In Conversation with Chicago’s The Traveling Tender Charli Talley for Brown + Balanced

During these unprecedented times, the hospitality industry needs leaders like never before. Josh Davis is an industry veteran with over 15 years of experience and he is also the founder of Brown And Balanced which started as an event at Portland Cocktail Week and Camp Runamok and has since built into a stand-alone entity.

The first season aired last fall, with a focus on different Black hospitality professionals. Brown and Balanced, presented by Campari America, was such a success and is back again for Season 2, continuing on Friday, July 30th with Chicago’s Charli Talley, known as The Traveling Tender.

At the core of Brown and Balanced is the mission to share talents and stories of Black and Brown food and beverage professionals and the projects they’re developing through digital content. As Davis describes it, “think In Living Color and Mad TV meets Charlamagne Tha God meets Black and Brown Bartenders. BOOM.”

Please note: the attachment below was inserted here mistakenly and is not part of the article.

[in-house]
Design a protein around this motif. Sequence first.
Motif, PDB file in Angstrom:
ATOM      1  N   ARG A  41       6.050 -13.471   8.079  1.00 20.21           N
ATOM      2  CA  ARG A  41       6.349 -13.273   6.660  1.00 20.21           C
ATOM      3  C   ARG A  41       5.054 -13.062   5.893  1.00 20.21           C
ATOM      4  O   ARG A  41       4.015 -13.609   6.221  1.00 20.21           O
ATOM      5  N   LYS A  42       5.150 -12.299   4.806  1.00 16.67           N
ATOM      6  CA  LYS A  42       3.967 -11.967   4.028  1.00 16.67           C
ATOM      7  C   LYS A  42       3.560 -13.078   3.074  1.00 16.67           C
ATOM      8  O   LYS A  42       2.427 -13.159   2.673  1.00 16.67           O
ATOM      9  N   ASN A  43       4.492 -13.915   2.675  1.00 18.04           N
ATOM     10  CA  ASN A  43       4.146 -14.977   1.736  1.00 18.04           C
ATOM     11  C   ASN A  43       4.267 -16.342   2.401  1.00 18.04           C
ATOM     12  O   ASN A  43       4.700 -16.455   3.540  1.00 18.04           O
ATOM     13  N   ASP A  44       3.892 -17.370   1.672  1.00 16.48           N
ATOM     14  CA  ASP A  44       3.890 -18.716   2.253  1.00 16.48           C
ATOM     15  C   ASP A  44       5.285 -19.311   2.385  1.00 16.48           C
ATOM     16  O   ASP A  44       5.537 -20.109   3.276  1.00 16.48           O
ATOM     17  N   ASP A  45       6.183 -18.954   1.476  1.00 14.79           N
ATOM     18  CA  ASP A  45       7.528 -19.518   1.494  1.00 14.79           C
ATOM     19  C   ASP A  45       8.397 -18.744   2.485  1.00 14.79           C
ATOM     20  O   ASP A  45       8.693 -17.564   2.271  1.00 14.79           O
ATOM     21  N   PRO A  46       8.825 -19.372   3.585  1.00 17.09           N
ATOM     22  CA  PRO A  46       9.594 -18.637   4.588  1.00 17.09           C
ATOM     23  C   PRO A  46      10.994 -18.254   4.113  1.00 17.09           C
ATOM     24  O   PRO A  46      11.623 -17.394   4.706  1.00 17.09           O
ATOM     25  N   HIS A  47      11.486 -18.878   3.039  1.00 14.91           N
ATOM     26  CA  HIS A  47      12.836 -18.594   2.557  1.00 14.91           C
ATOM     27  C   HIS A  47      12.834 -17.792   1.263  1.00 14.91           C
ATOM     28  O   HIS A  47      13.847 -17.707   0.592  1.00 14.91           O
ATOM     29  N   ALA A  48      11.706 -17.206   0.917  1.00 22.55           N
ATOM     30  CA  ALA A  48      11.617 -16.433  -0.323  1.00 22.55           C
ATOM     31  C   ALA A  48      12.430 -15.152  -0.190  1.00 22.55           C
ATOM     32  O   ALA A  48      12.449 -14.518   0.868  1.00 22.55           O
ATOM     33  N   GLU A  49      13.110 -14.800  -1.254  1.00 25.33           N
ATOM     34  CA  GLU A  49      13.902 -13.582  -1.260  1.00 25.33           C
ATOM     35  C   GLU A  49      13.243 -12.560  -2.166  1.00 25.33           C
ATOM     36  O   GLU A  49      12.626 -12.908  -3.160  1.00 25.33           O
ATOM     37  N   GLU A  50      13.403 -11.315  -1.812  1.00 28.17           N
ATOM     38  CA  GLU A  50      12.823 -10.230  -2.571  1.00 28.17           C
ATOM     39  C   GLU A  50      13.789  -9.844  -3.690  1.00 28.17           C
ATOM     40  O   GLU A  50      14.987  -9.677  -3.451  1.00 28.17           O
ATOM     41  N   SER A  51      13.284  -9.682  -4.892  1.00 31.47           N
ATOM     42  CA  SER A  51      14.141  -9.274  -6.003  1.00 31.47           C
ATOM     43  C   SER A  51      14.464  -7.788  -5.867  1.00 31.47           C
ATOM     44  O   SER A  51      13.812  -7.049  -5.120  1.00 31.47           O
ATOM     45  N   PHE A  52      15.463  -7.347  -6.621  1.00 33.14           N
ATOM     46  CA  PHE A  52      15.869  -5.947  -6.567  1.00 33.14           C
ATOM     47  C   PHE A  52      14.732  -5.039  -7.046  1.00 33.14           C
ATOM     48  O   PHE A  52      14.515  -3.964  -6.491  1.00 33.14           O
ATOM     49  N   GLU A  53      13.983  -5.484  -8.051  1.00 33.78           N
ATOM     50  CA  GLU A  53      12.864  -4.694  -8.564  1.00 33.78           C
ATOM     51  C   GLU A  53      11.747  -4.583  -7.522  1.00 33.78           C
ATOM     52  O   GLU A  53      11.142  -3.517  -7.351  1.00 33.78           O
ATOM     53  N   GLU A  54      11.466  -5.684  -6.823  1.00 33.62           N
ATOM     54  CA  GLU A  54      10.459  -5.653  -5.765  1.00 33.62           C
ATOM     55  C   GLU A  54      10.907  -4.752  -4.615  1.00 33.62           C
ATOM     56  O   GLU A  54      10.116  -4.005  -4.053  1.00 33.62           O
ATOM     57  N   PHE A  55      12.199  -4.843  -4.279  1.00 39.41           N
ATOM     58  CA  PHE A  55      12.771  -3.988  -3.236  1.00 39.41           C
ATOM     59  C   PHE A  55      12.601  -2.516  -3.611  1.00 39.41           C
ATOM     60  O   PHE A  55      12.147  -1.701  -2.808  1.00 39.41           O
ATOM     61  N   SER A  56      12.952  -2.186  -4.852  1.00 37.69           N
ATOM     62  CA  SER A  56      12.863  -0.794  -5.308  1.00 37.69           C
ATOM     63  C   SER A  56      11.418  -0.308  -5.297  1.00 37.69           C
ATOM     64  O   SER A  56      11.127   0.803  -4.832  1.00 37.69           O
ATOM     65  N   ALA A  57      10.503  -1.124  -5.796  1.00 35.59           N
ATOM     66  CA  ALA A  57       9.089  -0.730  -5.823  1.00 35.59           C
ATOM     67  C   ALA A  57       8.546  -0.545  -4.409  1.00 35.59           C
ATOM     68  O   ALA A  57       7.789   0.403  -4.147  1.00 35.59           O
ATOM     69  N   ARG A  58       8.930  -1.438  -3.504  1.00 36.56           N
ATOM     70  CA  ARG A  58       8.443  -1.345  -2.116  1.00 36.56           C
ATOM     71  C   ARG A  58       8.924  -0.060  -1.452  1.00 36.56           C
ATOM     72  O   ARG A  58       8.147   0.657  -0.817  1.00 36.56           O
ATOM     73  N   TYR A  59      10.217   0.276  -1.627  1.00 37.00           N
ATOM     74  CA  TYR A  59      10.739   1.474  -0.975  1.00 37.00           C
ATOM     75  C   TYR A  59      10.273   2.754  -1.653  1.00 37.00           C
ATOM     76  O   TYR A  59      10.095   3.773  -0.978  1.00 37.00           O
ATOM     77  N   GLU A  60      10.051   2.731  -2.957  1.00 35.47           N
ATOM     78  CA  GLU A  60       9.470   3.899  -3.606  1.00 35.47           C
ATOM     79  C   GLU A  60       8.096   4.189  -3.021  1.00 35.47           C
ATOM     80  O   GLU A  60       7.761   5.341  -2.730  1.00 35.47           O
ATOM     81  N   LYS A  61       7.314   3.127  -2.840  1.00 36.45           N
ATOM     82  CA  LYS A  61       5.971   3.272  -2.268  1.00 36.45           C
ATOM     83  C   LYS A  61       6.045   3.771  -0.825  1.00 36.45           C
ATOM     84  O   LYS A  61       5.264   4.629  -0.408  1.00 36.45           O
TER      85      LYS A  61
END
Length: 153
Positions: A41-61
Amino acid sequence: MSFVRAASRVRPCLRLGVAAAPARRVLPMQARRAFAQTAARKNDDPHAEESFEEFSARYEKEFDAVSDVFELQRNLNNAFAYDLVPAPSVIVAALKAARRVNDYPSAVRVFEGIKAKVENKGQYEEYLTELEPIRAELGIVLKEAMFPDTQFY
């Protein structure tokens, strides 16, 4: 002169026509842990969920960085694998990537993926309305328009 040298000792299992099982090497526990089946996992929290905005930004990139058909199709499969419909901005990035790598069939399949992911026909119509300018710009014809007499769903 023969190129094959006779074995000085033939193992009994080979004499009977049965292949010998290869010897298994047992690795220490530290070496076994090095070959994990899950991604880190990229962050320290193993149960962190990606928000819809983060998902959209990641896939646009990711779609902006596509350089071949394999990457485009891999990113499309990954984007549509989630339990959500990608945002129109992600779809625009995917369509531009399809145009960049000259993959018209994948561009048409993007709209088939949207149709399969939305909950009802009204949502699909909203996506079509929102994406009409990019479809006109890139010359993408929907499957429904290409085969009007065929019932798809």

When quarantine and lockdowns swept the nation, Brown and Balanced hosted a series of Happy Hours over on Instagram featuring bartenders, servers, and cocktail enthusiasts from all over the U.S. to share their stories and backgrounds. After taking time to rest and restore, Brown and Balanced is coming back to continue conversations.

The next Featured Bartender of the season will be Chicago’s Charli Talley. Read on for more about Talley’s journey and what to expect from her Brown and Balanced appearance.

Keep reading to get to know Charli Talley and in support of Brown & Balanced, we ask that you please keep up with all of Campari America’s industry-focused events and education by following @CampariCommunity or signing up for the Campari mailing list HERE.

Name, City/State, most recent place of employment.

The Traveling Tender LLC, Chicago, IL

What are your pronouns?

She/Her

If you weren’t a Bartender what would you be doing?

I would be teaching, or training; maybe adults again, or school-aged children again. But this time, I’d love to deliver more classes on gardening, cooking, and of course Spanish dance.

How did you get started in the industry?